In the current crisis, it’s also easy to make comparisons between countries — to see which nations have moved further and faster.

Combined with the clamour of social media, the COVID-19 outbreak has the potential to be treated as something like an arms race — with the nations moving fastest and most aggressively being seen as the ones taking the “best” approach, however oversimplified such conclusions tend to be.

The Trudeau government might get credit for not jumping at dramatic but inefficient responses. If the finer points of public policy are going to be watched closer than ever, however, government officials have to fully explain both what they’re doing and why they’re not doing something else. Platitudes won’t work.

But explaining things has rarely been a strength of the Trudeau government, which tends to prefer gauzy expressions of vision and values to details and descriptions.

In that respect, one of the government’s best assets right now might be Health Minister Patty Hajdu, the plain-spoken former director of a homeless shelter in Thunder Bay. On Wednesday, it was Hajdu who framed the potential infection rate.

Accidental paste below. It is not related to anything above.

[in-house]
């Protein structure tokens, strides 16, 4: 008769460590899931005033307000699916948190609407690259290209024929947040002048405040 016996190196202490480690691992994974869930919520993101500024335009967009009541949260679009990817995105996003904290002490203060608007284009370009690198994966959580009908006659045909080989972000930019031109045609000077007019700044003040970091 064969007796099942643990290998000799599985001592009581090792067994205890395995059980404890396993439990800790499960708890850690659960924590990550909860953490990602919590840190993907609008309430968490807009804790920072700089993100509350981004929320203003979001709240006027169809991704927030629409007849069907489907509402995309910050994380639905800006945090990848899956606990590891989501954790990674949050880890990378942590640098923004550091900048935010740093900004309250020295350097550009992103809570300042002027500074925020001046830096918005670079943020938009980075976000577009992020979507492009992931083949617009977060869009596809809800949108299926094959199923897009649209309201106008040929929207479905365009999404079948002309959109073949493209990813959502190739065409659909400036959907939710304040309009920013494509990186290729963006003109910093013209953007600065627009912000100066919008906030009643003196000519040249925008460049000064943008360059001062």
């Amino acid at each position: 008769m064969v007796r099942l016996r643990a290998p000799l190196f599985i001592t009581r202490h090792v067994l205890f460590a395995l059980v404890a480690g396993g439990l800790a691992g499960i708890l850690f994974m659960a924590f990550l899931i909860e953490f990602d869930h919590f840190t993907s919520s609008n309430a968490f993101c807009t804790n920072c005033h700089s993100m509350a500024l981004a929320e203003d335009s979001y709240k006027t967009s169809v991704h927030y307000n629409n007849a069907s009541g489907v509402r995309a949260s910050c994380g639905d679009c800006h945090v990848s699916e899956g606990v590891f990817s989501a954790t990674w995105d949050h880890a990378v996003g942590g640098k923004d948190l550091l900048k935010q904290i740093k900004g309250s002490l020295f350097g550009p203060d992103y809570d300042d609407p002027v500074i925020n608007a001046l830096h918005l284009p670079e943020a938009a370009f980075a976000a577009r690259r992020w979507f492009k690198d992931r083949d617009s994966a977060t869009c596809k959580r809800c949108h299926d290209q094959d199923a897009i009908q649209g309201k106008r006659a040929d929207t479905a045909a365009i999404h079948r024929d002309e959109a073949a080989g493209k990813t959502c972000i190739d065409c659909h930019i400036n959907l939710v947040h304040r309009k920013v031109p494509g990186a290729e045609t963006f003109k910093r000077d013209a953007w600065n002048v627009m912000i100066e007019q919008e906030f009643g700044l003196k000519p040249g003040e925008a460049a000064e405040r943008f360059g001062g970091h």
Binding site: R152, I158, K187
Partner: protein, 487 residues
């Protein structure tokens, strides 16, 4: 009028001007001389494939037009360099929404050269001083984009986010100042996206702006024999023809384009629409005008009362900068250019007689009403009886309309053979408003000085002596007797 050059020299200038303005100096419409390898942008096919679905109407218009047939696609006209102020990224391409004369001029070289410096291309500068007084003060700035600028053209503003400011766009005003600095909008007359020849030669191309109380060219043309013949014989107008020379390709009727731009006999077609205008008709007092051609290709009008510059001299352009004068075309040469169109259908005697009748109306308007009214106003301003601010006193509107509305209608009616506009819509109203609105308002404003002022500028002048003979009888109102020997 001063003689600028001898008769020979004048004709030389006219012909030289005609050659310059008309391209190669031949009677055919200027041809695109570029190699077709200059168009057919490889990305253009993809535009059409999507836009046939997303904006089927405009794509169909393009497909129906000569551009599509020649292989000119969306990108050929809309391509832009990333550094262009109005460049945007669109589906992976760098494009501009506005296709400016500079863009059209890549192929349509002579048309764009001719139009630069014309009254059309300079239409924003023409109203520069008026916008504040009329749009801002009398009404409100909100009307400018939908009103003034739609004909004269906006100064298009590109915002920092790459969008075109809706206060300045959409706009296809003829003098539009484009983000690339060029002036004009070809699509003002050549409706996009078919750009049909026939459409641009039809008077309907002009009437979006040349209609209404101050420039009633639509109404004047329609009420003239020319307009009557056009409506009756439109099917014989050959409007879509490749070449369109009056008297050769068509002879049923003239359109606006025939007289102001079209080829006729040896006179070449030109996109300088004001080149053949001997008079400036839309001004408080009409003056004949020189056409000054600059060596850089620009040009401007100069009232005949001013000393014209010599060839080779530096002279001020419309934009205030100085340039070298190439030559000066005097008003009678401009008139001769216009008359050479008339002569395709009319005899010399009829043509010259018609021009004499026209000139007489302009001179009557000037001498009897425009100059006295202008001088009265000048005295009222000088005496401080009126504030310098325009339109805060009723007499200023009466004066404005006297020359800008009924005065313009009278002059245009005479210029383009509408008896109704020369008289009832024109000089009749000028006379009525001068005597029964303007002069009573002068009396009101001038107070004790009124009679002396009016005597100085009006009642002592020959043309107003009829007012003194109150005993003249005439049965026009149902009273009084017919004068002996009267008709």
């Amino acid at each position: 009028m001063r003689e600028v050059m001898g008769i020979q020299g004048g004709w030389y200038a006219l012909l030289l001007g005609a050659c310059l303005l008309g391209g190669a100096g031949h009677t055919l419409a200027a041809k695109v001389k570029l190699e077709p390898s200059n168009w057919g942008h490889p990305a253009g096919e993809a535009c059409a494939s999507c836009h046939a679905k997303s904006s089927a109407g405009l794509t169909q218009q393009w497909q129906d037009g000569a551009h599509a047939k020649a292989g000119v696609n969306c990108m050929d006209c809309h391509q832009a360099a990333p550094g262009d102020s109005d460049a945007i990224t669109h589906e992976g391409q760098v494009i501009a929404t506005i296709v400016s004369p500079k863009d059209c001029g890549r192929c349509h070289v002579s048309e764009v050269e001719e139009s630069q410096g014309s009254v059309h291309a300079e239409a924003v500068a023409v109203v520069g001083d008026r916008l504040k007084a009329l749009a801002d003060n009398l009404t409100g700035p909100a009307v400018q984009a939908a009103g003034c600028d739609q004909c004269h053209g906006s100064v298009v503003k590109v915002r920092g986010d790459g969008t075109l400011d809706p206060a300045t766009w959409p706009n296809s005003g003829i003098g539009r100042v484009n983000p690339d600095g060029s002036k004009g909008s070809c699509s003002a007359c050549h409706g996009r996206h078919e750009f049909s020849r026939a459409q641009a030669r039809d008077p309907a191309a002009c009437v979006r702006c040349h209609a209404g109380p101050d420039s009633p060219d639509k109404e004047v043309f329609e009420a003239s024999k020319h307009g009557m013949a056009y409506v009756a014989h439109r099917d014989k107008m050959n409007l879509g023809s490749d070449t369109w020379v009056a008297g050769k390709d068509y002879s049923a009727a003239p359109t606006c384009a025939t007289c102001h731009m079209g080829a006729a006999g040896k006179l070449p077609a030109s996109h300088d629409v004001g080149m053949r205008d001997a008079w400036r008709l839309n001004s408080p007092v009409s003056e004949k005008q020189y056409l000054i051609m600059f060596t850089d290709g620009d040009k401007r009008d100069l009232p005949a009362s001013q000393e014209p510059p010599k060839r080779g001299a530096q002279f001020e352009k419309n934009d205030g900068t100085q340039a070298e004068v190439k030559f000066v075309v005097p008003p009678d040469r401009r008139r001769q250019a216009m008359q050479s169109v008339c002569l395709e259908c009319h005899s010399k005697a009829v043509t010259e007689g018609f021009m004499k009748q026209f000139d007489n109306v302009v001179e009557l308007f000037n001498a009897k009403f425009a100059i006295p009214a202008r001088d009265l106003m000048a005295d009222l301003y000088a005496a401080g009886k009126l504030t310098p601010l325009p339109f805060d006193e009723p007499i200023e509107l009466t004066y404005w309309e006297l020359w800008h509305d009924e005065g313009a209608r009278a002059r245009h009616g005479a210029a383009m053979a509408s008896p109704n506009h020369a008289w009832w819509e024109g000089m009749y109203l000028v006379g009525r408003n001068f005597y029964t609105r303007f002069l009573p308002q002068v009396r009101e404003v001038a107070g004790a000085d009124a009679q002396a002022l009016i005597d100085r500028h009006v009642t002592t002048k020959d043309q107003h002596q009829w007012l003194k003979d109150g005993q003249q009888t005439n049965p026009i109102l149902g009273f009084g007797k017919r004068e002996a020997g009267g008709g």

On Friday, she stepped forward to explain the arguments against banning travellers from entering the country, pointing out that such measures don’t seem to have helped the situation in Italy. (It was also Hajdu who broke the tension somewhat with a crack about how she didn’t need Chrystia Freeland’s step-stool to see over the podium.)

The backbone of the public response in Canada has been the presence of senior health officials at the federal and provincial levels — the steady, serious and knowledgeable doctors who have been put front and centre for regular public updates. Speaking outside his official residence on Friday (with reporters positioned a safe distance away), Trudeau stressed the central role of expertise in the official effort.

“We will continue to make decisions based on recommendations of medical experts, public health authorities and top scientists,” he said. “We’re not closing the door to any further steps but we will make those decisions based on what science tells us.”

That’s reassuring in its own way — even if science can’t magically make this problem go away, and even if relying on science won’t absolve elected politicians of responsibility for any mistakes that are made.

Thursday was discombobulating. The government’s statements in question period were lacking in detail and the prime minister was in isolation. Friday was full of official activity.